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Md. Food Bank Receives $300K From Giant in Fight Against Hunger, Food Insecurity – The Baltimore Times Online Newspaper

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Maryland Food Bank, one of the state’s leading hunger relief organizations, was the recipient of a hefty donation from Giant Food that will allow the nonprofit to further its mission in fighting hunger and food insecurity through providing a reliable source of healthy food to children and families in the region.

In a brief ceremony on the morning of March 22, 2023 at Billie Holiday Elementary School in West Baltimore, Giant Food representatives presented a $300,000 check to Maryland Food Bank (MFB) that will support the organization’s School Pantry Program. School leaders were also in attendance.

The donation was made through the grocer’s Giant Family Foundation.

Among the most well-known grocers in the Mid-Atlantic, Giant Food has partnered with MFB for decades and regularly supports the nonprofit in a variety of ways, from volunteering assistance, to direct food donations, to monetary donations and fundraising campaigns.

Studies show that students are more likely to succeed when they are well nourished. Fighting hunger has always been Giant’s top charitable pillar, according to a company spokesman.

Joe Urban, Vice President, Supply Chain Operations, Giant Food and Carmen Del Guercio, President and CEO, Maryland Food Bank hold a $300,000 check that was presented to Maryland Food Bank. Photo credit: Paris Brown

“Kids are more likely to exceed in and out of school when they are not hungry,” said Jonathan Arons, the communications and community relations manager for Giant Food.

Arons said that he and his colleagues enjoyed their time at Billie Holiday Elementary School while getting to speak with school and food bank leaders. Giant Food representatives visited the school’s pantry and learned more about how the program benefits their students, Arons added.

While the check presentation signified a major victory for local students and families and was a monumental step in the fight against hunger, there still remains much work to be done, Arons noted. Thousands of Baltimore City residents, many of whom are children in the public school system, face the harsh realities of chronic food insecurity while living in food deserts.

“Unfortunately, we know that the need is still there which is why it is important for us to continue to support MFB and other programs that fight food insecurity,” he said. “This program will help provide millions of meals again this year to help make sure our youth are food secure and can succeed.”

Billie Holiday Elementary School has housed one of MFB’s School Pantry Program sites since 2014, serving anywhere between an estimated 35 to 40 families a month. Last year, the program operated out of 178 school sites and distributed enough food to provide nearly 2.3 million meals.

The grant funding will help support MFB youth programs — known collectively as “MFB Kids” — including the nonprofit’s school pantry, supper club and summer clubs. In the past, MFB has used Giant’s funding to help its youth program partner stores and distribute perishable, healthy foods with the purchase of refrigerators, freezers, coolers and thermal blankets while raising awareness around healthy eating by producing a series of informative nutritional videos.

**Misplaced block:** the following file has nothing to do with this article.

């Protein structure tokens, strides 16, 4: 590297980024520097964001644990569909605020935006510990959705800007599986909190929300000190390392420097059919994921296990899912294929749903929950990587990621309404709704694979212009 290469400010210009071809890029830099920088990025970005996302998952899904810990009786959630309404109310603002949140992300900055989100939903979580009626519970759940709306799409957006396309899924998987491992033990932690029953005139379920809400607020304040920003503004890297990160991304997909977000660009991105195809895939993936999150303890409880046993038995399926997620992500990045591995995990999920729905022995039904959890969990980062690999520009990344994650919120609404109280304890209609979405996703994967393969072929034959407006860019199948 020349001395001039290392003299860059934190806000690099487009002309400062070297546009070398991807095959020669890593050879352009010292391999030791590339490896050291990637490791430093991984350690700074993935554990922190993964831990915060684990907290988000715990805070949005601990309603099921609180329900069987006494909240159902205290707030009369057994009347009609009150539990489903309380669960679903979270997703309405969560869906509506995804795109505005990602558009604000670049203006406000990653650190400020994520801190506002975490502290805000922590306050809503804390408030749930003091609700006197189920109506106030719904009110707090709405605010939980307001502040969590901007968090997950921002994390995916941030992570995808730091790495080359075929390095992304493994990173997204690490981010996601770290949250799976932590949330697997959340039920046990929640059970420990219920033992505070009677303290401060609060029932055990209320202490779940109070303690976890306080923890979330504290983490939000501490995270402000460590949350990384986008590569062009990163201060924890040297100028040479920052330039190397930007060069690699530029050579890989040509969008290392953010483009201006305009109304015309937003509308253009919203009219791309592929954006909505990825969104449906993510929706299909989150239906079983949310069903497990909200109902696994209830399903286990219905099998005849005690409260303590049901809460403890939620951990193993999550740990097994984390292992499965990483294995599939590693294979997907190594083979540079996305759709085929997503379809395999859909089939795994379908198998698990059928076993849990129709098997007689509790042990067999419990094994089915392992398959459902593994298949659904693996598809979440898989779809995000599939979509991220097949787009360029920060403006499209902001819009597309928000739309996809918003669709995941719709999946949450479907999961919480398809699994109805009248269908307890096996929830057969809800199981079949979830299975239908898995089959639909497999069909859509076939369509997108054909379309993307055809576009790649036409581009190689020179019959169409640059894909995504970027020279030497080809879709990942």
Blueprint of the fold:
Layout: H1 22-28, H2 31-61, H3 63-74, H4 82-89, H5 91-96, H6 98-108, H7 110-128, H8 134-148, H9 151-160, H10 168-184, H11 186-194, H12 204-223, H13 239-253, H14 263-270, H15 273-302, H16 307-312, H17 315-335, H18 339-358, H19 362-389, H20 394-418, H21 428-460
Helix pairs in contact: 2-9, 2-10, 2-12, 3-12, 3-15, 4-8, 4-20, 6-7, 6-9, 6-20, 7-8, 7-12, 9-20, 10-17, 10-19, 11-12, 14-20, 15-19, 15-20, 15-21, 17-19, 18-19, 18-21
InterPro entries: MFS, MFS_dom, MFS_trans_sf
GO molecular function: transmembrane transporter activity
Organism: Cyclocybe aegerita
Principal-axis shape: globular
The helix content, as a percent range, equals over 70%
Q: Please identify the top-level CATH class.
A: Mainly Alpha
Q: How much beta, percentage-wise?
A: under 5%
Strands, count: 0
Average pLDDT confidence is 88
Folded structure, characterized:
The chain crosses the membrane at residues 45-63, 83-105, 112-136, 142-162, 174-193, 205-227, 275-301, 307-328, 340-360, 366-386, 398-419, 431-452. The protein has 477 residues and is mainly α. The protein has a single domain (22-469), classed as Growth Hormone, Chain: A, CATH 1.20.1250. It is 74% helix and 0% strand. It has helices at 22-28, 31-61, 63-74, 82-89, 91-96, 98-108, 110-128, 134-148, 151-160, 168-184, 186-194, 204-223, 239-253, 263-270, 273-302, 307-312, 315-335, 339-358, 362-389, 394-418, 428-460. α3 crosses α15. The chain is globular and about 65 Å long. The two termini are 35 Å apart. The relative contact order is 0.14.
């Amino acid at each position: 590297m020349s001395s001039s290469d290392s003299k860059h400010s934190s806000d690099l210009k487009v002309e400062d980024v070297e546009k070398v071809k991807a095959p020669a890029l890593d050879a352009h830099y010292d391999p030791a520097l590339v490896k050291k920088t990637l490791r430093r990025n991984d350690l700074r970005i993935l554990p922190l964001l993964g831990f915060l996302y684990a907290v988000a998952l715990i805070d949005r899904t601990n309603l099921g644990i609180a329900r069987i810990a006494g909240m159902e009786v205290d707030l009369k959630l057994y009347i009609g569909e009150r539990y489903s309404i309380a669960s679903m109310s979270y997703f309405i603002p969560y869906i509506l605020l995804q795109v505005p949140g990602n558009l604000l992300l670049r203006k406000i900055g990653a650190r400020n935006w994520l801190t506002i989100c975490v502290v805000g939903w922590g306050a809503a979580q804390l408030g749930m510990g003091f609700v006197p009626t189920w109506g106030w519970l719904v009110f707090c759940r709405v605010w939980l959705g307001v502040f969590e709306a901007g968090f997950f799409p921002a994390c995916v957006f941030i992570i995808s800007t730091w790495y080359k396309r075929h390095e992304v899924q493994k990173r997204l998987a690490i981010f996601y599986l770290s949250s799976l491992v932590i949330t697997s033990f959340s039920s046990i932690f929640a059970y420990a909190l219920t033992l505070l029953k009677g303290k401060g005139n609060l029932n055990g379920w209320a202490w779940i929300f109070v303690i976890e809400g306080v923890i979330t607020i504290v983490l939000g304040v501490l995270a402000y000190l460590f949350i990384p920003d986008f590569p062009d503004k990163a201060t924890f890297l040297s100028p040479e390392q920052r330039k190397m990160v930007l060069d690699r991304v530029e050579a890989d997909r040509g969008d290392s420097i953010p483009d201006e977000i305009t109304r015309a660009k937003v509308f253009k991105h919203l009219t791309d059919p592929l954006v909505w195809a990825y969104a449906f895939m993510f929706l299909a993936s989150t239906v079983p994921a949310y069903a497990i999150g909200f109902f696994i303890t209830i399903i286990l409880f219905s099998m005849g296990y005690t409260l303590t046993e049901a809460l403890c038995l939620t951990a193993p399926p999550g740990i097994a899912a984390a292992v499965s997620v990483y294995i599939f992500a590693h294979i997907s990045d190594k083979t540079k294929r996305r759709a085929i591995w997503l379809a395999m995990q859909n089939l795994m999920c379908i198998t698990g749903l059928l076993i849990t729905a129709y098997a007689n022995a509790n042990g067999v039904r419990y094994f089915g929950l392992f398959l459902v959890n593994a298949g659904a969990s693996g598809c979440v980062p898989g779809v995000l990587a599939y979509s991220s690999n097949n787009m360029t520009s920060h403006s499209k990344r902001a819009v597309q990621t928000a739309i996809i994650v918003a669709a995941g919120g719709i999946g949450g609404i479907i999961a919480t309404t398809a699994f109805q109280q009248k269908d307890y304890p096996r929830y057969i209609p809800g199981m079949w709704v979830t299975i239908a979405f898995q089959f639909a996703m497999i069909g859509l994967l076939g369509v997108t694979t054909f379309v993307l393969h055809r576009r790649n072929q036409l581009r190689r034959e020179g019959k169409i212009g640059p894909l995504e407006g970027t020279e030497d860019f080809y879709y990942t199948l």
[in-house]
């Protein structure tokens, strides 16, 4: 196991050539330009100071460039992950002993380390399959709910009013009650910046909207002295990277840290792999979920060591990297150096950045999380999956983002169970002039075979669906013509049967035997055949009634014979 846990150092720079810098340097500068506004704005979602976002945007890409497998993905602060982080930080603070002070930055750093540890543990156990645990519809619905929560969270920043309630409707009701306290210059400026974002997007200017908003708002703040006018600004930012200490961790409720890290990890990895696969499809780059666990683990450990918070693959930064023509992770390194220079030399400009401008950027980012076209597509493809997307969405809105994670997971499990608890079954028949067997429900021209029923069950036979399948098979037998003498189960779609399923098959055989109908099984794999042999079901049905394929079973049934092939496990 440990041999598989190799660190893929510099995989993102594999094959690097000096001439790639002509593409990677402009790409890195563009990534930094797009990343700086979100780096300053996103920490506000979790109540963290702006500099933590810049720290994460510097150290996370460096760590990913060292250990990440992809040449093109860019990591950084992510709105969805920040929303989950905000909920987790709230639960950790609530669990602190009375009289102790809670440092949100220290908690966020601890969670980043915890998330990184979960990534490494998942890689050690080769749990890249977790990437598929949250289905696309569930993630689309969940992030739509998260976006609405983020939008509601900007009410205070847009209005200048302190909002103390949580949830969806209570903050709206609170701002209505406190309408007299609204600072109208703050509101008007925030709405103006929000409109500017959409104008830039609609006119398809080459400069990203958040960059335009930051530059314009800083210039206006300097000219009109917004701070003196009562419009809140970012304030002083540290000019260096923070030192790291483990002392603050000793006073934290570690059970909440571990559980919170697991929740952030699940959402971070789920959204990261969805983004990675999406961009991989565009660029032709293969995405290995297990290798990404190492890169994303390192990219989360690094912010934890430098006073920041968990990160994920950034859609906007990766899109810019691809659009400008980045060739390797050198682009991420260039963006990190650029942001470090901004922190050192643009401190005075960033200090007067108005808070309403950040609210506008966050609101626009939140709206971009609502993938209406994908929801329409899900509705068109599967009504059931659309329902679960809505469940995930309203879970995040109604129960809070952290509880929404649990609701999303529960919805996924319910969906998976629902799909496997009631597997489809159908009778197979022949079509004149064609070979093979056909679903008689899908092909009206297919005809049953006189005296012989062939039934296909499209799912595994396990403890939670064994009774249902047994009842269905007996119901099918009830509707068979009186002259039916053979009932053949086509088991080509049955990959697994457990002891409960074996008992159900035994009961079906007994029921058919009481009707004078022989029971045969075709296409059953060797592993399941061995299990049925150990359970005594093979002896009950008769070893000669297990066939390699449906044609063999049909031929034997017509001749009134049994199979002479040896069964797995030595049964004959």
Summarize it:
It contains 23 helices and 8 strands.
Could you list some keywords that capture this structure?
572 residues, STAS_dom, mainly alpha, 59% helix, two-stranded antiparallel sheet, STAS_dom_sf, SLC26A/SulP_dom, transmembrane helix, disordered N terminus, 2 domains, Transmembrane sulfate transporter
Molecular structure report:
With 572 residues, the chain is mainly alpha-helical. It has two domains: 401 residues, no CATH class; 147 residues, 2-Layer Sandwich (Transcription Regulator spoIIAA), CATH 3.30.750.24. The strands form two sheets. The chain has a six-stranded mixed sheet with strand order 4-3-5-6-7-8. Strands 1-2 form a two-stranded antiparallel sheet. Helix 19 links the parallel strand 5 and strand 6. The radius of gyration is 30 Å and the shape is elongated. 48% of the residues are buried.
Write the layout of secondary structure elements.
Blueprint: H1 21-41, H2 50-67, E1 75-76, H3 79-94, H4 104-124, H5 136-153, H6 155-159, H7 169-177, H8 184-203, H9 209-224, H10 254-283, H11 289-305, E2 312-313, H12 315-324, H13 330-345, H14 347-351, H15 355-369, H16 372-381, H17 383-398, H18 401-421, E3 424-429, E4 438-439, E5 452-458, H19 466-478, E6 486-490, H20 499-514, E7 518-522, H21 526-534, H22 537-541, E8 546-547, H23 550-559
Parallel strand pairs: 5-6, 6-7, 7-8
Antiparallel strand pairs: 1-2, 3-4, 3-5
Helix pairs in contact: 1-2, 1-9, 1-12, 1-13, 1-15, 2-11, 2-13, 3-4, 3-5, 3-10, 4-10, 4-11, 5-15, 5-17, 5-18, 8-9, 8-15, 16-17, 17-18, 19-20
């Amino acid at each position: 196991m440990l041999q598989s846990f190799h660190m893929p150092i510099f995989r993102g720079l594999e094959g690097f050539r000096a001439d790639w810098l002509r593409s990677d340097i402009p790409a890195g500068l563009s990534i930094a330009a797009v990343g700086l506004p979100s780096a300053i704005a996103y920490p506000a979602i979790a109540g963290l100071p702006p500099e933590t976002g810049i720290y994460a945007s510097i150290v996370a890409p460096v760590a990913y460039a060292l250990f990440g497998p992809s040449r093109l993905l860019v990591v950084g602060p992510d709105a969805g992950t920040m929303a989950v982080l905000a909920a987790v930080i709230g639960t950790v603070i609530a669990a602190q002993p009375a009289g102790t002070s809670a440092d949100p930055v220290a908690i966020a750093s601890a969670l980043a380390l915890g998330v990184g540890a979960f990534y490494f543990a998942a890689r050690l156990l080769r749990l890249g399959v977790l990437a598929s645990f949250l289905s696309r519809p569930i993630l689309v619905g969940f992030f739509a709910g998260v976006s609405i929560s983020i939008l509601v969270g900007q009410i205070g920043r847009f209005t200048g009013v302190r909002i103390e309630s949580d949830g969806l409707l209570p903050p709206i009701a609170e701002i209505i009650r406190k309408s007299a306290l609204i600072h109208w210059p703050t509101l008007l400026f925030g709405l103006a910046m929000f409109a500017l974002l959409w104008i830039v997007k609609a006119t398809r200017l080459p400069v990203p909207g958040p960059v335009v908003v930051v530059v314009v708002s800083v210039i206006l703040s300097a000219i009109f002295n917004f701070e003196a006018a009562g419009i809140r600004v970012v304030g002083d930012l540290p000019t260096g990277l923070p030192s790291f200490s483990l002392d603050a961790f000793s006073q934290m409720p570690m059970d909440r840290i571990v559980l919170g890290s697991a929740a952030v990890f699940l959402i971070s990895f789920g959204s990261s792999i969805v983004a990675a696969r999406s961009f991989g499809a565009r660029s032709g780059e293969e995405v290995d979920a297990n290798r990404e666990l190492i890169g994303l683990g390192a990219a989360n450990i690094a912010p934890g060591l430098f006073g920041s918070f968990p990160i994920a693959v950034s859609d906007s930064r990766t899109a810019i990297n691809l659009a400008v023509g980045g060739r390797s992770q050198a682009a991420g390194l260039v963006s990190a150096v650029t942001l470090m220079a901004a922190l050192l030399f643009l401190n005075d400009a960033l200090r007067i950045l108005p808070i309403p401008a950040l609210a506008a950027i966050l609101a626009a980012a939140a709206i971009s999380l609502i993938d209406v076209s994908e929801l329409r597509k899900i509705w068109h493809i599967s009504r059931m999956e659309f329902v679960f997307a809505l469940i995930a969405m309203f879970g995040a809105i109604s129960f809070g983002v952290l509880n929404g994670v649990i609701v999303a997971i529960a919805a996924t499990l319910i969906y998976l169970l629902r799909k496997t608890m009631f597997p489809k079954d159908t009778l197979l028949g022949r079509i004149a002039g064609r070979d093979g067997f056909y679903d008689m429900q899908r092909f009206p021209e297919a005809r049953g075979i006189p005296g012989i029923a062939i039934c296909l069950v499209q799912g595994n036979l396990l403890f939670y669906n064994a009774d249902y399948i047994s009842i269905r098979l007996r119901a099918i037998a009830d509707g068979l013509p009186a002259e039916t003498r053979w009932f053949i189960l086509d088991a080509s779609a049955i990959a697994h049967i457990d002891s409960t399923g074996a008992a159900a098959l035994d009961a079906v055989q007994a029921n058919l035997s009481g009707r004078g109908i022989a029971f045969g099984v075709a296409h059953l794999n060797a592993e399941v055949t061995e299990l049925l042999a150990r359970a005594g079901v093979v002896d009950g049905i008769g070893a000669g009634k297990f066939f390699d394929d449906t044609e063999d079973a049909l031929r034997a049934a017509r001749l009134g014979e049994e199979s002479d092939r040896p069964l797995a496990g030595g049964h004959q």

As part of the 2023 Fighting Child Hunger grant, MFB leaders will be able to help food-insecure children and their families gain access to more than two million pounds of nutritious food through school-based pantries, according to an MFB statement.

“We’re grateful to Billie Holiday Elementary School for hosting us for this very special event, and of course, to Giant Food for the incredible donation,” MFB officials said.

“We know it’s going to take a long time for this economy to recover from all the headwinds it’s currently facing. In fact, we expect the elevated need for food assistance to continue for many months, if not years, to come.”

Approaching the new year, the food bank’s purchasing power was reduced by more than half due to inflation and the rising cost of food. Consequently, the cost of the organization’s core business, which is food distribution, has increased significantly. Fortunately, Giant’s investment will enable MFB to distribute an estimated 2.5 million pounds of food to nearly 200 schools statewide.

According to MFB, approximately 24,000 households will receive access to food assistance through this donation to these school pantries.

Billie Holiday Elementary, located between the Midtown Edmondson and Mosher neighborhoods in the heart of West Baltimore, is situated within a food desert, highlighting the need for access to essential resources such as the MFB food pantry.

“The Maryland Food Bank’s presence in Baltimore City is more important than ever, especially since most of our school pantries reside in Community Schools that serve as hubs of resources for their communities,” MFB told The Baltimore Times.

“With continued partnerships from corporations like Giant Food, we’re in a better position to meet the evolving needs of all communities facing hunger all across Maryland, including Baltimore City.”